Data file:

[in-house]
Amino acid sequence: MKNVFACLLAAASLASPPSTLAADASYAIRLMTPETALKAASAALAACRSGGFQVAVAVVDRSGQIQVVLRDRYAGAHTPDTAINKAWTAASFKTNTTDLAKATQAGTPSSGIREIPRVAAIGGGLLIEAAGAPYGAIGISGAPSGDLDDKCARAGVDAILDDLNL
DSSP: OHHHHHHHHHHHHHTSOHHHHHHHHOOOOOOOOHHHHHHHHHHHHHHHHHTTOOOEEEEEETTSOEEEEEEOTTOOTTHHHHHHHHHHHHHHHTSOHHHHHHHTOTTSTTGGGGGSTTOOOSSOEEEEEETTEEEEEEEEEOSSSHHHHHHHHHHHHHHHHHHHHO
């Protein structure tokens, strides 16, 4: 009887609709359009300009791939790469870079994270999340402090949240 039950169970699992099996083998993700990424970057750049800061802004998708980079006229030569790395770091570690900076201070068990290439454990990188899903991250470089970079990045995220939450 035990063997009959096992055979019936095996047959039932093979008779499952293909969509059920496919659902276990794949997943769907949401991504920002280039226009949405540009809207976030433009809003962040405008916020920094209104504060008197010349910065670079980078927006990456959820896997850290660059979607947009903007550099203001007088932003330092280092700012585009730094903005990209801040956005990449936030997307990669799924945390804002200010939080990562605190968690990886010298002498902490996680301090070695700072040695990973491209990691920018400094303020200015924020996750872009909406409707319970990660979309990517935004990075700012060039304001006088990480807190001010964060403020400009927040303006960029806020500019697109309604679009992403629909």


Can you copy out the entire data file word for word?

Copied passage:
[in-house]
Amino acid sequence: MKNVFACLLAAASLASPPSTLAADASYAIRLMTPETALKAASAALAACRSGGFQVAVAVVDRSGQIQVVLRDRYAGAHTPDTAINKAWTAASFKTNTTDLAKATQAGTPSSGIREIPRVAAIGGGLLIEAAGAPYGAIGISGAPSGDLDDKCARAGVDAILDDLNL
DSSP: OHHHHHHHHHHHHHTSOHHHHHHHHOOOOOOOOHHHHHHHHHHHHHHHHHTTOOOEEEEEETTSOEEEEEEOTTOOTTHHHHHHHHHHHHHHHTSOHHHHHHHTOTTSTTGGGGGSTTOOOSSOEEEEEETTEEEEEEEEEOSSSHHHHHHHHHHHHHHHHHHHHO
């Protein structure tokens, strides 16, 4: 009887609709359009300009791939790469870079994270999340402090949240 039950169970699992099996083998993700990424970057750049800061802004998708980079006229030569790395770091570690900076201070068990290439454990990188899903991250470089970079990045995220939450 035990063997009959096992055979019936095996047959039932093979008779499952293909969509059920496919659902276990794949997943769907949401991504920002280039226009949405540009809207976030433009809003962040405008916020920094209104504060008197010349910065670079980078927006990456959820896997850290660059979607947009903007550099203001007088932003330092280092700012585009730094903005990209801040956005990449936030997307990669799924945390804002200010939080990562605190968690990886010298002498902490996680301090070695700072040695990973491209990691920018400094303020200015924020996750872009909406409707319970990660979309990517935004990075700012060039304001006088990480807190001010964060403020400009927040303006960029806020500019697109309604679009992403629909």